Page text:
It’s a truth universally acknowledged that all food tastes better when eaten in the great outdoors – especially if you’ve cooked it up yourself over a campfire after a day spent in the fresh air. Whether you’re camping in the wild or just preparing an alfresco feast in the back garden, cooking on a proper wood fire is a seriously fun – and surprisingly easy – way to whip up tasty meals. If you’re new to the joys of campfire cooking, you’ll need a bit of know-how in order to light a good fire and pack the right kit to cook over it. My beginner-friendly campfire cooking guide with Heinnie Haynes is here to help you get hooked on making smoky suppers out in nature.
How to build a great cooking campfire
Choose a dry spot on flat ground, away from tents and trees, and clear an area around three feet in diameter. Enclose your spot with rocks if there are any handy – this prevents embers from scattering and offers a bit of wind protection. Make a pile of flammable materials such as paper in the centre of the circle, and over it create a tipi construction by leaning sticks of kindling together. Light the inner materials. When the kindling catches fire and begins to burn, start to slowly add bigger pieces of wood, taking care not to add too many and suffocate your beautiful new fire. When the larger logs are crackling away you can add progressively thicker logs. you need to wait until the wood fire you lit blazes away for long enough to produce a glowing bed of hot coals – this usually takes an hour or so. When you’ve got some glowing coals, use a stick to spread them out to make an even base. Once that’s done, you can stick a grill over it and get cooking
Easy ways to cook over a campfire
Grilling – Easy campsite suppers such as burgers, steaks, vegetables and fish can all be grilled over the fire. Old barbeque grills or grills with pop-out legs are ideal, otherwise you can balance a grill on two bricks or large rocks on either side of the fire. To gauge if a fire is hot enough to cook on, hold your hand about seven inches over it. If you have to draw it away after a few seconds, it’s ready.
Skewering – Thread chunks of meat, vegetables, or fruit onto long metal sticks, then place over the fire to cook, turning regularly.
Foil Packet Cooking – Make your own mini oven by wrapping meat, fish, veggies or potatoes in thick foil and burying the parcel in the coals to cook. I rub the inside of the foil with oil first, then sling in my ingredients and add sauces, herbs or just lots of butter. Make sure the parcels are well wrapped, and check them periodically to see if they’re done. This is also a great way to package up food in your kitchen to take with you on a camping trip.
Griddling and pan cooking – Use cast iron griddles and pans that are designed to be placed directly on the fire or supported on a grate. Cast iron is nigh-on indestructible and retains heat really well, so it’s perfect for whipping up pancakes, eggs and other quick meals.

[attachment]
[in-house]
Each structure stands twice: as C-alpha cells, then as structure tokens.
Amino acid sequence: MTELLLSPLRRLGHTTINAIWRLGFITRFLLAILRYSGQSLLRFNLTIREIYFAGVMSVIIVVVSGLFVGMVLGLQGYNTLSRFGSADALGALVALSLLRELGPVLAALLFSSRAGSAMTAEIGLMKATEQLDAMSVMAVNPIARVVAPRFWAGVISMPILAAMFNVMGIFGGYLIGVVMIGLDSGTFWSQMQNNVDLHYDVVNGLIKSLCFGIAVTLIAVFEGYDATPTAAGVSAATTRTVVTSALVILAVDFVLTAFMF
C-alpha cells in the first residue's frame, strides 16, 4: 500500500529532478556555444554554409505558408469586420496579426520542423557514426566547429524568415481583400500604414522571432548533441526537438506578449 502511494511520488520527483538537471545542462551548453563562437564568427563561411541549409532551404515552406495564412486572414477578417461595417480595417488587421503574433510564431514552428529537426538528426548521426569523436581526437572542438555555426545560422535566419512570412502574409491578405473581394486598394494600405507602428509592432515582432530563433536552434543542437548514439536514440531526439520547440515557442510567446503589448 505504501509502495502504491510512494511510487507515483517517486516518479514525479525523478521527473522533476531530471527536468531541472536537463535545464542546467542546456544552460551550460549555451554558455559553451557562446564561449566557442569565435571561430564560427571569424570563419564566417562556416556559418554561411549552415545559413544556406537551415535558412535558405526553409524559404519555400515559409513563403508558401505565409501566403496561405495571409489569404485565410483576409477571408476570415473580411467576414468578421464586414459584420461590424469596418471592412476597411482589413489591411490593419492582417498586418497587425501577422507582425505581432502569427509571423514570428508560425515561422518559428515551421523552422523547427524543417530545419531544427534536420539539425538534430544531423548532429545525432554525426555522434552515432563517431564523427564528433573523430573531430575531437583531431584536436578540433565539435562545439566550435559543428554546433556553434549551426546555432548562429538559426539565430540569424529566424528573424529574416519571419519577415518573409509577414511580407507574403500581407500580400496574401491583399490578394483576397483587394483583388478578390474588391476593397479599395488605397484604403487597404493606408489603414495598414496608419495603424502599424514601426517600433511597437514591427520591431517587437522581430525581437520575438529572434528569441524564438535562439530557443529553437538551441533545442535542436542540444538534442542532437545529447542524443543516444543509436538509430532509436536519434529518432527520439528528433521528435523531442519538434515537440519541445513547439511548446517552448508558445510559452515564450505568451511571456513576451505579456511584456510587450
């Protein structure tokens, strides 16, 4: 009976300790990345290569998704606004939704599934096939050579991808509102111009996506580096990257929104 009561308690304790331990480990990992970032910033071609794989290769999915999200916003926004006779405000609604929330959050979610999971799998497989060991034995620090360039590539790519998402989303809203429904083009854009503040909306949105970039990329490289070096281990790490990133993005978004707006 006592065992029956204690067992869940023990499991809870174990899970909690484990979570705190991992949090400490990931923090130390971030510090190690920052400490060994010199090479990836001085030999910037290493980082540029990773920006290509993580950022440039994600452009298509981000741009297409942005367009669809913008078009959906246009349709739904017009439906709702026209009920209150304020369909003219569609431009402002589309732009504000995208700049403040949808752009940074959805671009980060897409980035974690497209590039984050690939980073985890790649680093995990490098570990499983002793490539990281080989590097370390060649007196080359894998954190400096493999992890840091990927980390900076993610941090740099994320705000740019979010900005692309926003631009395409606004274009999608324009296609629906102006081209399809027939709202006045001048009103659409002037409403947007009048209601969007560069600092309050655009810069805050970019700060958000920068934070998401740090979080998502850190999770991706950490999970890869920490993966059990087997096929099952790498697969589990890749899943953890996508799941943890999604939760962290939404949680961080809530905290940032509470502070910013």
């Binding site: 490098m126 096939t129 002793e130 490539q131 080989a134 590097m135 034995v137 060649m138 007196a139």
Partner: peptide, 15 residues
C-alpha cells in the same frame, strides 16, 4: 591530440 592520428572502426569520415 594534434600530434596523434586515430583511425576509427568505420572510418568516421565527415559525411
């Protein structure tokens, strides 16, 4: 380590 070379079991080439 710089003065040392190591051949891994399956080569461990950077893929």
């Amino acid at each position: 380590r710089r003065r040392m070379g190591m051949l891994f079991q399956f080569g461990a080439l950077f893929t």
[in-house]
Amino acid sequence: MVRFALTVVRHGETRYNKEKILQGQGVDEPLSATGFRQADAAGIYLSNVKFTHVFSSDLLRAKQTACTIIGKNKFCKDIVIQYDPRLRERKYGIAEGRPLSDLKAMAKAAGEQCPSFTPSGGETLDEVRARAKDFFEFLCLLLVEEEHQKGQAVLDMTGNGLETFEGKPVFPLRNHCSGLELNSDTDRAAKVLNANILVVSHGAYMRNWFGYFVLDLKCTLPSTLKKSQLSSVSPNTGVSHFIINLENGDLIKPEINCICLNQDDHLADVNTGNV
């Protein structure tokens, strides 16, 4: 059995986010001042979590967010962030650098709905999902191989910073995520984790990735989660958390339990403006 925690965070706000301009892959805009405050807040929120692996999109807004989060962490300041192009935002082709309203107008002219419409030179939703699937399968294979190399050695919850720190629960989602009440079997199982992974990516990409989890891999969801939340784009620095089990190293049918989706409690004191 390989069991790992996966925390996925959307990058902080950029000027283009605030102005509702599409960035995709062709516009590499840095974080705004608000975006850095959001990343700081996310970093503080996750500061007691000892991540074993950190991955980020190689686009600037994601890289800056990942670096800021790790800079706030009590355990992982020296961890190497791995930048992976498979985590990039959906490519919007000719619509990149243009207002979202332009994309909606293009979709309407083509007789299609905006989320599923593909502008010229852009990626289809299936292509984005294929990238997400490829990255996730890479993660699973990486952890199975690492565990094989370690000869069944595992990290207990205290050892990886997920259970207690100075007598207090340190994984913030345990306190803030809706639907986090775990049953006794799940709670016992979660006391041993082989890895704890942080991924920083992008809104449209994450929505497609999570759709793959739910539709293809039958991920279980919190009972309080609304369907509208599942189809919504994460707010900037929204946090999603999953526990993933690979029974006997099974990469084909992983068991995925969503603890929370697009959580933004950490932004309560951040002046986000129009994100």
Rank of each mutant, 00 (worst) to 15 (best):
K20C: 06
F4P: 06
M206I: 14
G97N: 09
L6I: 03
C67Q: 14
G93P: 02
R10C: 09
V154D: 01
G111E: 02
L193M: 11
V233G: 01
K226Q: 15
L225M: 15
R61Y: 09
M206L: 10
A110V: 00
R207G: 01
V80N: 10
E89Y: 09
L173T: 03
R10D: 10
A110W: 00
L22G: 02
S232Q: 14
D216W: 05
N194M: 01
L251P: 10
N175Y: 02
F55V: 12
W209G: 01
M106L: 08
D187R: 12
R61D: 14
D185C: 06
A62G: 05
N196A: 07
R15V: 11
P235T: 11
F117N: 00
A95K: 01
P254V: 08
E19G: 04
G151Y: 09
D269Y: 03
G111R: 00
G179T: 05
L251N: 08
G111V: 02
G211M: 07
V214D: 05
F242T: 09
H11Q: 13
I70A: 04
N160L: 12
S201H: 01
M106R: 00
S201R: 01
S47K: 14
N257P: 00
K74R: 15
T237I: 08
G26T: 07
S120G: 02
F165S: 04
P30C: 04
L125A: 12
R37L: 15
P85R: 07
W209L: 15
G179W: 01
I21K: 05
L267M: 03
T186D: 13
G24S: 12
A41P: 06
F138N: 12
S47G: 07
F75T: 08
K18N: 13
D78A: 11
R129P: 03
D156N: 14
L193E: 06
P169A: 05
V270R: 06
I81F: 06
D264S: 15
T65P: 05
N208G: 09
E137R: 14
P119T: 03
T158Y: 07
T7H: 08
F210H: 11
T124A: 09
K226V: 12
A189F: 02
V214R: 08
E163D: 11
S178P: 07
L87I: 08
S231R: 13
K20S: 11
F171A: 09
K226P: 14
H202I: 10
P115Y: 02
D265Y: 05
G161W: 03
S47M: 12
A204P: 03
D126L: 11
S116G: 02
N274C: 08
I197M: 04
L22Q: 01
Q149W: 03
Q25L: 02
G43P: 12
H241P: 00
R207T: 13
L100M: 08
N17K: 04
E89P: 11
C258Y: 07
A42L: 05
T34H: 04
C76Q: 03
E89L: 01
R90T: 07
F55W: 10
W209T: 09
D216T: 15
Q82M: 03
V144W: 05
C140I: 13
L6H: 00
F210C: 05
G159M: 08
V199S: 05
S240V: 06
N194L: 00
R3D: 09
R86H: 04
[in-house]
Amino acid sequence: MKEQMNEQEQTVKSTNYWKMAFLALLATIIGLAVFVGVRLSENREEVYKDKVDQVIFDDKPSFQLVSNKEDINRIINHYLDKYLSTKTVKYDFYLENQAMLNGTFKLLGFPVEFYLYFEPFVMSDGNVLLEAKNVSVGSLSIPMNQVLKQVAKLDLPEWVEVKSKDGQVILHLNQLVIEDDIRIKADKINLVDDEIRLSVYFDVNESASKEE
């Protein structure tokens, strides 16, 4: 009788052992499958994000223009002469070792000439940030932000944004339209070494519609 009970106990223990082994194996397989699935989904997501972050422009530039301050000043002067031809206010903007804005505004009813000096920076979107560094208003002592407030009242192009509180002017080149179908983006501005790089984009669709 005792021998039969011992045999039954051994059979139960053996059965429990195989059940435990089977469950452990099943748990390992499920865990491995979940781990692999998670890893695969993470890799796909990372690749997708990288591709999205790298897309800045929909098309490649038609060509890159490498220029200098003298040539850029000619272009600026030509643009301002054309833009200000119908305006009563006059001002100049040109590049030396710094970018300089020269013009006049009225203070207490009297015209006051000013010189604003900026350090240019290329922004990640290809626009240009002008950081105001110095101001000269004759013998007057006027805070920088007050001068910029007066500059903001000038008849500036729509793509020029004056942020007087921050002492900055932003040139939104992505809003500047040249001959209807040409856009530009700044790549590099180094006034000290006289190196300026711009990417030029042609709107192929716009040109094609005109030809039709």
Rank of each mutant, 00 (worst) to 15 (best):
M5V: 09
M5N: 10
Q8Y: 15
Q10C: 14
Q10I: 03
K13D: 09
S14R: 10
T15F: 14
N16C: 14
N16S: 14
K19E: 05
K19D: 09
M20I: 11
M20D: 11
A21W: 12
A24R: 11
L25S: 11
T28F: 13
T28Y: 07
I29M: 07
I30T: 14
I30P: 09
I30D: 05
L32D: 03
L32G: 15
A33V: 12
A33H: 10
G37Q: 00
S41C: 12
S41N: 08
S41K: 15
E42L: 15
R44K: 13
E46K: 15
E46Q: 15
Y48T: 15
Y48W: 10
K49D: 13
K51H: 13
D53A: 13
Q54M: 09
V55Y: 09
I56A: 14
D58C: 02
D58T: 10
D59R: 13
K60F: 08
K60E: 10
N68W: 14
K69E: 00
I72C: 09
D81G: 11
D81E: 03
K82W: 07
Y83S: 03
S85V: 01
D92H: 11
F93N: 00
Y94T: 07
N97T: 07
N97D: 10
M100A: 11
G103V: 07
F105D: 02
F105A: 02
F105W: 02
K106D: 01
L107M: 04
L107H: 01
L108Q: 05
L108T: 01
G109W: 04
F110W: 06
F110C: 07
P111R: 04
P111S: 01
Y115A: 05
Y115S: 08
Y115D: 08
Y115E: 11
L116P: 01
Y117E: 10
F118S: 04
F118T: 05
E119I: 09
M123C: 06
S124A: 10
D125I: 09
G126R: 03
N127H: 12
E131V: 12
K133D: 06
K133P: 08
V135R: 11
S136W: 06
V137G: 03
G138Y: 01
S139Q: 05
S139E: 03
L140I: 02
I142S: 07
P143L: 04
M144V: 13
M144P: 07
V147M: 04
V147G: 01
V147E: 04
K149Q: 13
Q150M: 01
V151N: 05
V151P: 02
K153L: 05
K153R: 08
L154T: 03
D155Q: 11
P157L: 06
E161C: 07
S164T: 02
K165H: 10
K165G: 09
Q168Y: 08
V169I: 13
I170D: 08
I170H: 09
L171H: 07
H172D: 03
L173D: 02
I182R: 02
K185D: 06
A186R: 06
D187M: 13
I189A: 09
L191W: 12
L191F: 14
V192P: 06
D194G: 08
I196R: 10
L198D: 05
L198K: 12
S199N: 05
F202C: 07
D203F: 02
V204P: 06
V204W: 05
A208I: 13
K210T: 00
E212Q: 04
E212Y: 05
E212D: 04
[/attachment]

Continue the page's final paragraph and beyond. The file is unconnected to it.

What to pack in your campfire cooking kit
Camping kettle: If you’re anything like me, your idea of a treat when camping is a cup of hot, fresh coffee in the morning. A dinky camping kettle is perfect for making a quick cuppa outdoors – they’re lightweight and packable enough to come along on any camping trip.
Lightweight cutlery: Pack a few sets of stainless steel cutlery in your cook set.
Cooking pot: An essential – pick a cheap one you don’t mind ending up a bit blackened after regular use.
Camp mugs: Grab a few enamel camping mugs ready for your morning cuppa – I attach carabiners to the handles of mine so that I can string them together in storage.
Portable folding grill: Heinnie Haynes’s clever Pathfinder steel grill folds down flat but is sturdy enough to pop over coals and will support pots and pans nicely, ensuring even heat distribution.
Cast iron skillet: One of my absolute favourite bits of kit for campfire cooking. Cast iron can be put straight on the flames and just needs a quick clean and season in between camping adventures. If you’re putting it straight on the fire, bring a cloth or silicone handle cover.
Portable espresso machine: If you can’t start the day without a proper cup of joe, bring along this innovative, portable espresso machine for proper coffee even in the wilderness.
Stove: You won’t always be able to light a wood fire to cook over, such as when you’re wild camping. In those cases, a pocket-sized stove will still let you whip up a one-pot supper.
Decent knives: Good knives make food prep easier and more fun. You do need to make sure your cooking knives are legal to transport in the UK – this guidance explains what sizes you can carry to camp.
Herbs and spices: Mix staples like salt and pepper or chili flakes and oregano together and take them with you in tin foil packets or small Tupperware containers for instant seasoning.